Working Films and our partners at NAKASEC (The National Korean American Service & Education Consortium), The National Domestic Workers Alliance, The UndocuBlack Network, and United We Dream are looking for short films to support immigrants’ rights organizing and end racist attacks on immigrant communities. Together, we are curating a compilation of films that will be screened in community events in the most critical places, led by those on the frontlines of this issue.
At a moment when many people have been moved by the family separations happening at the border, a fuller story of immigration needs to be told to address the harms perpetuated by immigration enforcement practices and policies that extend beyond the current crisis at the border. Beyond building empathy and expanding understanding of immigration systems, we are seeking films that showcase collective power and vision for the future, while demonstrating the multiple ways people can give their time, energy, and resources to support organizing led by immigrant communities.
Filmmakers are invited to submit short documentaries, excerpts of feature length documentaries, and multi-platform projects. Screening rights fees will be paid to selected films. We will also provide free impact consultation to selected filmmakers and offer peer-to-peer networking and support opportunities. An emphasis will be placed on films that feature personal stories, as well as media made by people who are directly impacted by the policies and related issues at hand. We will consider a work-in-progress if it is at a strong stage, is reasonably audience-ready, and is short. Please do not apply if your film is not available for public use.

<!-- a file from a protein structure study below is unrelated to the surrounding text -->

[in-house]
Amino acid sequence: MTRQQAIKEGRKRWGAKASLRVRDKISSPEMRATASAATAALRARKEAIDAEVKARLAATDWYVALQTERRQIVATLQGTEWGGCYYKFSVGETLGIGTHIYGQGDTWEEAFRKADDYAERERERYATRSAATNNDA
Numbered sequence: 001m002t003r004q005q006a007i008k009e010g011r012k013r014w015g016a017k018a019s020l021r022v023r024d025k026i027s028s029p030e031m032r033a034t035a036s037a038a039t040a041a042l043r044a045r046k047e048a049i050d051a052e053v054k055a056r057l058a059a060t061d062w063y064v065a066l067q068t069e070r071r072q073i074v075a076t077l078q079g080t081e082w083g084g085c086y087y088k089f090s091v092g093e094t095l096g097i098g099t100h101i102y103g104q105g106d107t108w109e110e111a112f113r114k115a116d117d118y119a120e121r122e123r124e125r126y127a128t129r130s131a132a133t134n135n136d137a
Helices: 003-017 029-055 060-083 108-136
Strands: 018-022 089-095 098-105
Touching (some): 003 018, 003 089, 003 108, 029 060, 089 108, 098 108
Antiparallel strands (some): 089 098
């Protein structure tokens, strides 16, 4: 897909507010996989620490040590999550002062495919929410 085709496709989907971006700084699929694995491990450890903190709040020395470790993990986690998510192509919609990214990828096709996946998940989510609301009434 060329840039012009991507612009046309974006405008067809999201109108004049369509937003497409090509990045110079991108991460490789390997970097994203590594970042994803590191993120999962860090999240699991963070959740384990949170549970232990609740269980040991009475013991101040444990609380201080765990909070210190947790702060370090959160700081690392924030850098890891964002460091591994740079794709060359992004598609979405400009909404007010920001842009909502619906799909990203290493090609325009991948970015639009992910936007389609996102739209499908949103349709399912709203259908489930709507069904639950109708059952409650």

If your film can be described in one or more of the following ways listed below, please apply. Specifically we are looking for films that use powerful stories that…
– Are Intersectional. We want to make connections between immigrant’s rights work and other historical and current liberation movements. We also want to make connections between present day attacks on immigrant communities and other oppressive policies and attitudes that impact communities of color or other marginalized groups.
– Uplift stories of immigration that do not receive considerable attention by mainstream media (i.e. Stories from those with Temporary Protected Status (TPS), family based sponsorship stories, stories from individuals in detention or their loved ones, intercountry adoptees who are living without citizenship, etc.).
– Feature youth and that will speak to youth audiences.
– Feature AAPI and Black immigrants. We hope to expand the popular definition of immigrant communities and show the varied experiences of different immigrant communities.
– Show the harm that ICE and border patrol are inflicting on immigrant communities at the border and within the interior of the US.
– Show the importance of public and civic engagement and activism, and examples of how to get meaningfully involved.
– Show white people stepping up in meaningful and non-oppressive ways to support organizing, direct action, and advocacy led by immigrant communities.
– Demonstrate the resilience, strength, and legacy of community building within immigrant communities.
– Make clear the collective power of the immigrants’ rights movement.
– Demonstrate solutions and a vision for the future.
Submissions are no longer being accepted at this time.